We go up in Schwartz Auditorium at Brandeis University. Doors open at 7:15 so that snacks and drinks may be purchased beforehand. Show begins at 8. I look forward to seeing you there! 
breakinglight11: (Mad Fool)
Had a lovely evening discussing matters for Merely Players with members of the cast, and generally having a nice time shooting the shit. In the course of it a certain joke Lenny cracked recently came up, regarding her culpability in a certain costar unexpectedly vacating the typical performance space. We believe we should put on a T-shirt. In reference to those conspiracy-theory meme shirts, I have generated this design.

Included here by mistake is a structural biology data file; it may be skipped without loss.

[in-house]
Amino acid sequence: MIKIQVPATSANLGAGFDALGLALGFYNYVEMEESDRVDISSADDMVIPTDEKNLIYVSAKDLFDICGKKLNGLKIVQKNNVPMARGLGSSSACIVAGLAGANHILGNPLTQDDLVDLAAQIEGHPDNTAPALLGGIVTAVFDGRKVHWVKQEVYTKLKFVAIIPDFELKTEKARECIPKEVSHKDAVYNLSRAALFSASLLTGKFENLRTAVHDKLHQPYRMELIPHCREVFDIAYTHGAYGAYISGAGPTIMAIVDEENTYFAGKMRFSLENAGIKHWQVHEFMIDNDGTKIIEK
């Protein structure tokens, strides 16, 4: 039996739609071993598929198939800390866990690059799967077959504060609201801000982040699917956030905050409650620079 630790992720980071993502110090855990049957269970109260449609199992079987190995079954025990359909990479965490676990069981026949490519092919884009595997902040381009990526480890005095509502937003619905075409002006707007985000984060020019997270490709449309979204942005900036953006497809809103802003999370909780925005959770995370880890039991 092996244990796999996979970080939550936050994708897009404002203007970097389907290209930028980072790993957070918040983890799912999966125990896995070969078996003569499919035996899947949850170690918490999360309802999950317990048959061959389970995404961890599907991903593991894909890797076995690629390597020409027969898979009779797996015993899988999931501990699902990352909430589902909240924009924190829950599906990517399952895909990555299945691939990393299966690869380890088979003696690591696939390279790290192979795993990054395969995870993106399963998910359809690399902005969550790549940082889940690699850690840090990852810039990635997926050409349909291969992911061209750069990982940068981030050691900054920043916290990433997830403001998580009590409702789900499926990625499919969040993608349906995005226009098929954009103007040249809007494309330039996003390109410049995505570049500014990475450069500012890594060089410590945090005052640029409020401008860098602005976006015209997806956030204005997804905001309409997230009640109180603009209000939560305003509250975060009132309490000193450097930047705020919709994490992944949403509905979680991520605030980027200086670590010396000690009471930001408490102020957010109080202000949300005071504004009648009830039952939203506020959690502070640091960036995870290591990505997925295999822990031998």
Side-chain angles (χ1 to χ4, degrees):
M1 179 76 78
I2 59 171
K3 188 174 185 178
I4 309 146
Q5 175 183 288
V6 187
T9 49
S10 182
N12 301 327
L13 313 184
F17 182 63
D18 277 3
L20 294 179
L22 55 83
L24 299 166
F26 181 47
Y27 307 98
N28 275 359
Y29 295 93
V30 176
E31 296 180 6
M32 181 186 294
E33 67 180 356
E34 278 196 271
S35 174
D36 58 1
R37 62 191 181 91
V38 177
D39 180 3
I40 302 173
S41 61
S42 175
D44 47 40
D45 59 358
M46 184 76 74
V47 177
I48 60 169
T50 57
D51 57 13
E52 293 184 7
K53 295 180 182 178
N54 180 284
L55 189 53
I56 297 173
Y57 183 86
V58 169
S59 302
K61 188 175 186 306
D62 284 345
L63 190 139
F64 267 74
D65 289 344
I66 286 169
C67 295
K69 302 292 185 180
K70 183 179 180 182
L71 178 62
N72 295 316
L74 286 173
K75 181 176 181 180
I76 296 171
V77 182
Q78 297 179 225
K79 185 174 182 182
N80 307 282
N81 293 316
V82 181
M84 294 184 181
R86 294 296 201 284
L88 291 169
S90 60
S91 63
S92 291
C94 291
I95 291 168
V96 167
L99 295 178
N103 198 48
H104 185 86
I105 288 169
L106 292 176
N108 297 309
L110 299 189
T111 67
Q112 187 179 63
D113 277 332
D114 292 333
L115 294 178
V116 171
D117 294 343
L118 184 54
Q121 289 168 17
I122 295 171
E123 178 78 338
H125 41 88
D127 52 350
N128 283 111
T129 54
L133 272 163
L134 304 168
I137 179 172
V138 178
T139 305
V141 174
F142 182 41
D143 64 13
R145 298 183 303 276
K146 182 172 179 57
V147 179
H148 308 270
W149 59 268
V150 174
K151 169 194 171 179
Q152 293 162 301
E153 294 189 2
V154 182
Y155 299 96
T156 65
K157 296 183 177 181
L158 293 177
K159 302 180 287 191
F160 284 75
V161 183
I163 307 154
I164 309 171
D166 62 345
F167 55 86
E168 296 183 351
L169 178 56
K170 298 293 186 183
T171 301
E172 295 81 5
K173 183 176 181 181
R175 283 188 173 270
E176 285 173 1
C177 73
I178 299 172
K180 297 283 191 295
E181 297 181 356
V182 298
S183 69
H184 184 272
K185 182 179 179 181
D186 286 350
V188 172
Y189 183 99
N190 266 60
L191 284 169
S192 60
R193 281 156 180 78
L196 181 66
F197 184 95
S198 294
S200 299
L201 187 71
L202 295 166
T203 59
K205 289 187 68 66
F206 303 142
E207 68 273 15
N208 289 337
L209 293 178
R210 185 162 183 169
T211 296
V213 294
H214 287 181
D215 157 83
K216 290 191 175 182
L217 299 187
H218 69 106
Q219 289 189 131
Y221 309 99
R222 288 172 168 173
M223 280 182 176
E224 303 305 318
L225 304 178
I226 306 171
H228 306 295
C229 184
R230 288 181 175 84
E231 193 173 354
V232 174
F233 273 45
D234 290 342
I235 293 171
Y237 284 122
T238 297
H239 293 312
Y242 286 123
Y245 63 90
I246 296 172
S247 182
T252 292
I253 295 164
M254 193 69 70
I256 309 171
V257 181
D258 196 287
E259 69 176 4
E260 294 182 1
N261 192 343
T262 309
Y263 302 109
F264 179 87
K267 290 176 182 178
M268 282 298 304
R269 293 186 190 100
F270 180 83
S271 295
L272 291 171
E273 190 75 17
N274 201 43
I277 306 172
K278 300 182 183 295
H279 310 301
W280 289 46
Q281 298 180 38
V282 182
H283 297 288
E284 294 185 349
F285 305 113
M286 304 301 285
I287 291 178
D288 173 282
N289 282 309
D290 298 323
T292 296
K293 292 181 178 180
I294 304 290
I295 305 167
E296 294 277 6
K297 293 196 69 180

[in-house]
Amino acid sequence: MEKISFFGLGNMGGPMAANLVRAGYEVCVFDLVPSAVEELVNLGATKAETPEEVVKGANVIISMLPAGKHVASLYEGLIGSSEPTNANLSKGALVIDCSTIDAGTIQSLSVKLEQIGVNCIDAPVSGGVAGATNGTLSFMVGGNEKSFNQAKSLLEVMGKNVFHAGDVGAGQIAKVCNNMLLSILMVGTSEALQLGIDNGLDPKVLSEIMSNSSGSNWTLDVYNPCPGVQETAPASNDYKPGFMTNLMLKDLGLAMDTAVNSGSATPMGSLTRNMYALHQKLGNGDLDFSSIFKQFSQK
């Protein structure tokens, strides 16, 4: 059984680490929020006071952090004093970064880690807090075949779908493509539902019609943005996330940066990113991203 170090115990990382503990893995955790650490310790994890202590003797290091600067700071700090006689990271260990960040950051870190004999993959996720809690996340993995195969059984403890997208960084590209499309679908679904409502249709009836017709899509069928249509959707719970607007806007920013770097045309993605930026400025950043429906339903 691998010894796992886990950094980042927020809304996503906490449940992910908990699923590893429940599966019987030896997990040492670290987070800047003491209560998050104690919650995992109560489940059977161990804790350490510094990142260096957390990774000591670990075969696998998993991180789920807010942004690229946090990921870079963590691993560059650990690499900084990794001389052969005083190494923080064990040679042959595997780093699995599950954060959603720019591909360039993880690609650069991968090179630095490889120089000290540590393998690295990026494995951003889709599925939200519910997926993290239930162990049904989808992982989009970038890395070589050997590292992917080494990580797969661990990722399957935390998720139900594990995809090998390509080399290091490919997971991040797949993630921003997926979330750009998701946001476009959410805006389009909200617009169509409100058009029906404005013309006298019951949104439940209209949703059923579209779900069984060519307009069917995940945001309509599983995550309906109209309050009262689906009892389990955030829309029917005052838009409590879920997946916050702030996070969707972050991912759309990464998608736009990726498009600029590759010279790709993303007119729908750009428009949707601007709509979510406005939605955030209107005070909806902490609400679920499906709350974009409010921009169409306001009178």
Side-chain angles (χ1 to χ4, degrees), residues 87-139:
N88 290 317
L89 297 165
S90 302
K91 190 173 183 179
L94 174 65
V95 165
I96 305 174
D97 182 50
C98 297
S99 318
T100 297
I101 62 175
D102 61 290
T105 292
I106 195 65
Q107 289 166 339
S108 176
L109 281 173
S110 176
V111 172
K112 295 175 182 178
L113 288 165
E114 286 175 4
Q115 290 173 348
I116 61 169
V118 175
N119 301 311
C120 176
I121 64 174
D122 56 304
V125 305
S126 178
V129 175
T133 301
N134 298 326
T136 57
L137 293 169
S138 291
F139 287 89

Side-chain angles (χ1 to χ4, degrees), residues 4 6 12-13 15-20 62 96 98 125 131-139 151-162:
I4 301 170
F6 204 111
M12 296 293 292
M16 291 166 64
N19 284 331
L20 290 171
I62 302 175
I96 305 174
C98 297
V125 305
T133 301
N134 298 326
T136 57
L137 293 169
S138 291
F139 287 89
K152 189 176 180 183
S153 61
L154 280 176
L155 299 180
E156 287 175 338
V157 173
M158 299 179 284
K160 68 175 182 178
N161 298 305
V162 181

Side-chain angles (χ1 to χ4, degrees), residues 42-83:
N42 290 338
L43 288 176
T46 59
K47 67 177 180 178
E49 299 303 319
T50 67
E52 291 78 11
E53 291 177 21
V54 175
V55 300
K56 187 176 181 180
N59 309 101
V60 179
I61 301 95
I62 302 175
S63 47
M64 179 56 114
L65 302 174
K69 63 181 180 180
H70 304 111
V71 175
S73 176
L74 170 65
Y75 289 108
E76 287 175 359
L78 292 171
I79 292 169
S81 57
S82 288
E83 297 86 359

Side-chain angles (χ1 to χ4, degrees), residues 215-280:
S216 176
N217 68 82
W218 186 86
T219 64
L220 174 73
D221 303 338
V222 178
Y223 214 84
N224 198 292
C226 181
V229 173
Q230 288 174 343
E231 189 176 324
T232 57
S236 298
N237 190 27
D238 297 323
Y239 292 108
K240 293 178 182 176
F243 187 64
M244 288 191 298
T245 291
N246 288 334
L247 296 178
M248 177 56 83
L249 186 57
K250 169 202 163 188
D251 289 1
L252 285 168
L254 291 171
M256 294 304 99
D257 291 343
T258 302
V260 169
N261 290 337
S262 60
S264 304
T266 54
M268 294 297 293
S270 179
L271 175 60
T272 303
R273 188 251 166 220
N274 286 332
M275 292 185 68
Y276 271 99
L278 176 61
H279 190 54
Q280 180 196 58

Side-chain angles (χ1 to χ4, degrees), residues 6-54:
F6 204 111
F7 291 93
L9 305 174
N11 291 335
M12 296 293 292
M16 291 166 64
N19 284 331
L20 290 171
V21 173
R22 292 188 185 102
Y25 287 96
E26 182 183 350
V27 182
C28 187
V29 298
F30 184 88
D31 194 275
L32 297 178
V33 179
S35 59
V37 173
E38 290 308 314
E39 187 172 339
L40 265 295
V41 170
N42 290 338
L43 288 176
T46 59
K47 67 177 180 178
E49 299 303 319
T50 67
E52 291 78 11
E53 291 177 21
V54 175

Or would it be funnier as "Gloucester was pushed"? Opinions, please!

Love to Jonathan, whom we talked of glowingly all night long, love to Lenny, the brilliant company who made the joke, and love to Hold Thy Peace, which has given us fabulous stories and good friends to recount them with. <3
breakinglight11: (Bowing Fool)
“All the world's a stage, And all the men and women merely players; They have their exits and their entrances; And one man in his time plays many parts, His acts being seven ages.” —Jacques, As You Like It, II.ii.139-166

Meet the Walking Shadows, a ragtag little troupe of Shakespearean actors as they struggle to revitalize a company that has seen better days! Come join us for this fun and funny Shakespeare revue that intersperses scenes from the Bard's most famous work with original comedic material poking fun at the nature of performing in a troupe and working together to make theater.